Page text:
Depression is a very common non-motor symptom of Parkinson's Disease (PD). It is often overlooked and undertreated. Here are some resources to help understand depression, when to get screened, and how to manage it.
NOTE: If you are in crisis, call the National Suicide Prevention Lifeline at 1-800-273-TALk (8255) or visit www.suicidepreventionlifeline.org.
Published by the Parkinson’s Foundation, 2019
This 2-page fact sheet (PDF) distinguishes between sadness and depression, lists 10 signs of depression in PD, explains causes and treatment options of depression for those with PD. Those with PD should have annual screening for depression, discuss all mood changes with their healthcare team, and bring a family member to doctor appointments to discuss mood changes.
Published by the Cleveland Clinic, October 6, 2015
About 7% of the US population has had at least one major depressive episode. Among those with Parkinson’s disease the incidence is as high as 50%. This page identifies six types of depression, their physical and emotional symptoms, and treatment options.
Published by Parkinson's UK, December 2017
This 11-page information sheet (PDF) provides a mini self-evaluation to help determine if diagnosis by a professional should be pursued for depressive symptoms. Several self-help steps are described.
Published by the Parkinson’s Foundation, 2019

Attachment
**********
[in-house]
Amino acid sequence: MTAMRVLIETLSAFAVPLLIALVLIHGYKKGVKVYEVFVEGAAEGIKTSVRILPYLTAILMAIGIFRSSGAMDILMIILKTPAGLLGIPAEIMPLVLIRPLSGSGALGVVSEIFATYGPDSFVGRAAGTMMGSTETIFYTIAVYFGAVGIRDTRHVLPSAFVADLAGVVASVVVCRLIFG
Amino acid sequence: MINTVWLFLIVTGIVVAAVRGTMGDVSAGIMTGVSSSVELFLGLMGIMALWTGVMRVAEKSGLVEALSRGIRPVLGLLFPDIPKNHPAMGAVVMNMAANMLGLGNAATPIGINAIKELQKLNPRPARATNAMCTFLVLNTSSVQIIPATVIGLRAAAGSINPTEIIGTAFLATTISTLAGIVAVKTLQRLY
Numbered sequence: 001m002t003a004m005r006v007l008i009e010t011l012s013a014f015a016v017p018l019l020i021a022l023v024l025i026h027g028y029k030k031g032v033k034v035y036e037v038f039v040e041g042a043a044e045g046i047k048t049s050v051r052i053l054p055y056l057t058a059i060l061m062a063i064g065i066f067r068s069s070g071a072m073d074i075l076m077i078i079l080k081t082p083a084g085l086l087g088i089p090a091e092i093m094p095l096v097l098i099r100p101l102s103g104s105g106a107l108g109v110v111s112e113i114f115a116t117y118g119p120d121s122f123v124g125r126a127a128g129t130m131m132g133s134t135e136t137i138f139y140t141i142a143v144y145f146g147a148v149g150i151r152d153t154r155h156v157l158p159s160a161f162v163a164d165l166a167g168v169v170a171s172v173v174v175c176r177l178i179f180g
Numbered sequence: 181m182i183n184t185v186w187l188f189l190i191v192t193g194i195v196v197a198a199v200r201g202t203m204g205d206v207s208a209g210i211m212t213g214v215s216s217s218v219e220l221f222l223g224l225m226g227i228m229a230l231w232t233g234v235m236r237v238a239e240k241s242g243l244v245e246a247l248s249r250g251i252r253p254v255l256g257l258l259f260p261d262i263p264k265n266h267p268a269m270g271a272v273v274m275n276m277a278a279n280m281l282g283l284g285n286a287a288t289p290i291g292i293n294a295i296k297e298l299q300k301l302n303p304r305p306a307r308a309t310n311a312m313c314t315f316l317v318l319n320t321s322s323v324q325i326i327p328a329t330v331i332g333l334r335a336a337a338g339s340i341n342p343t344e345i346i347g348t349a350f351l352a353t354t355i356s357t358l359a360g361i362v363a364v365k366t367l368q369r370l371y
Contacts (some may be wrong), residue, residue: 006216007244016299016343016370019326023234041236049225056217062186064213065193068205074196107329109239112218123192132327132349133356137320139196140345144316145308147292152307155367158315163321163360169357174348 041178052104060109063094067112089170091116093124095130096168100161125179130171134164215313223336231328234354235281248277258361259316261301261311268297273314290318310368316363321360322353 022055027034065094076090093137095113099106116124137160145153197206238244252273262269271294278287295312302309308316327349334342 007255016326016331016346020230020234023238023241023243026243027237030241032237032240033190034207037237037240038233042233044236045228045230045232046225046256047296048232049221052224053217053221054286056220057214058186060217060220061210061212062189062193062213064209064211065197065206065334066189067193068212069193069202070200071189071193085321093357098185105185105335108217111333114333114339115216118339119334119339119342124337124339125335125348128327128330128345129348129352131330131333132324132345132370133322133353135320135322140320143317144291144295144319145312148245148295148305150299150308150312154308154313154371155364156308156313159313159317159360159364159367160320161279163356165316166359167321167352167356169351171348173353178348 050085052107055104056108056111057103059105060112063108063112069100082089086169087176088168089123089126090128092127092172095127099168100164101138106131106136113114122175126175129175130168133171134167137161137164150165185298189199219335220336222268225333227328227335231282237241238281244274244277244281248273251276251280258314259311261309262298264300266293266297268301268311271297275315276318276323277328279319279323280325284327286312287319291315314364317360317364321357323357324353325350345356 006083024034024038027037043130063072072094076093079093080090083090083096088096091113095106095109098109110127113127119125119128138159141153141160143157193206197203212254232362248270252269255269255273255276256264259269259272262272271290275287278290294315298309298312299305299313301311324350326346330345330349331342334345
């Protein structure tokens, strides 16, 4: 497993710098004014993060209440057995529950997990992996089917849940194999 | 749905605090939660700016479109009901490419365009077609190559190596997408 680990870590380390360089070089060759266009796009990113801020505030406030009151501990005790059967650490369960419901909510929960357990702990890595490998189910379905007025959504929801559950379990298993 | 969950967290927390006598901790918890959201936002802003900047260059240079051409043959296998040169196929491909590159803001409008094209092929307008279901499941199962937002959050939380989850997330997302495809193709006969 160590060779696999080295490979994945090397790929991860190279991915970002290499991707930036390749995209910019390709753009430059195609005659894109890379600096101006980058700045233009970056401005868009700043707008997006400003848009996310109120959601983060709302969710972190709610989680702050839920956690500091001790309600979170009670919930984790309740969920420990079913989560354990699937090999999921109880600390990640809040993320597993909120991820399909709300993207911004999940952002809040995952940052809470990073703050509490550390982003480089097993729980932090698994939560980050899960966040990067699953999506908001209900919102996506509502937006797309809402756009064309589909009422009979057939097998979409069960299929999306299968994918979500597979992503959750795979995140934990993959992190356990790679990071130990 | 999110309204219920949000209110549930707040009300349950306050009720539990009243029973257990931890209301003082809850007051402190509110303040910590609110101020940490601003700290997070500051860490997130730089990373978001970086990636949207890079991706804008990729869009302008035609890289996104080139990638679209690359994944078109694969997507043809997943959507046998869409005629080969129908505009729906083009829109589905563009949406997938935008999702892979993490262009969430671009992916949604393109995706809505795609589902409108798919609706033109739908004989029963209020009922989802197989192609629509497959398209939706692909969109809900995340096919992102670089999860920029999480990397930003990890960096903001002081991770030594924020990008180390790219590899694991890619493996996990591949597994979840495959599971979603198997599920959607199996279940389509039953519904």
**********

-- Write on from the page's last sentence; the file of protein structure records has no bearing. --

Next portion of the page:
This 2-page fact sheet (PDF) explains and recommends cognitive behavioral therapy (CBT) to manage Parkinson’s-related depression. Set goals for daily activities with a focus on exercise, socialization and positive emotional self care. Recognize negative thoughts and implement strategies to minimize them. Work with your care partner to reinforce positive behaviors and implement healthy habits.
Published by the International Parkinson and Movement Disorder Society (MDS), 2016
This 1-page fact sheet (PDF) briefly explains how and why PD affects mood, including depression, anxiety and apathy. It talks about how to identify mood symptoms and how they are diagnosed and treated.
Published by Parkinson’s Foundation
Depression is common in Parkinson’s disease because of changes in areas of the brain involved in regulating mood, energy, motivation, appetite and sleep. Depression may be a precursor to motor symptoms and may intensify both motor and cognitive symptoms. This page outlines the psychological, biological and environmental factors that contribute to depression, symptoms, diagnostis, several treatment options, and tips for coping.
Published by the Michael J. Fox Foundation
This webpage explains that depression and anxiety are symptoms of PD. Mood changes impact quality of life and how treatments work. Help comes in many forms, including support groups and medications. Lastly, what researchers know and what they are studying about depression and anxiety in PD is summarized.
By James Beck, PhD. Published by Psychology Today, April 5, 2018
Due to changes that Parkinson’s causes in the chemistry of the brain, depression is a common side effect. Even though at least half of those with PD suffer with depression, most go undiagnosed or are under-treated. This short article explains the physiological and psychological factors that contribute to depression, the most common symptoms and numerous treatment options.
By the Parkinson’s Disease Foundation (Now the Parkinson's Foundation), June 14, 2016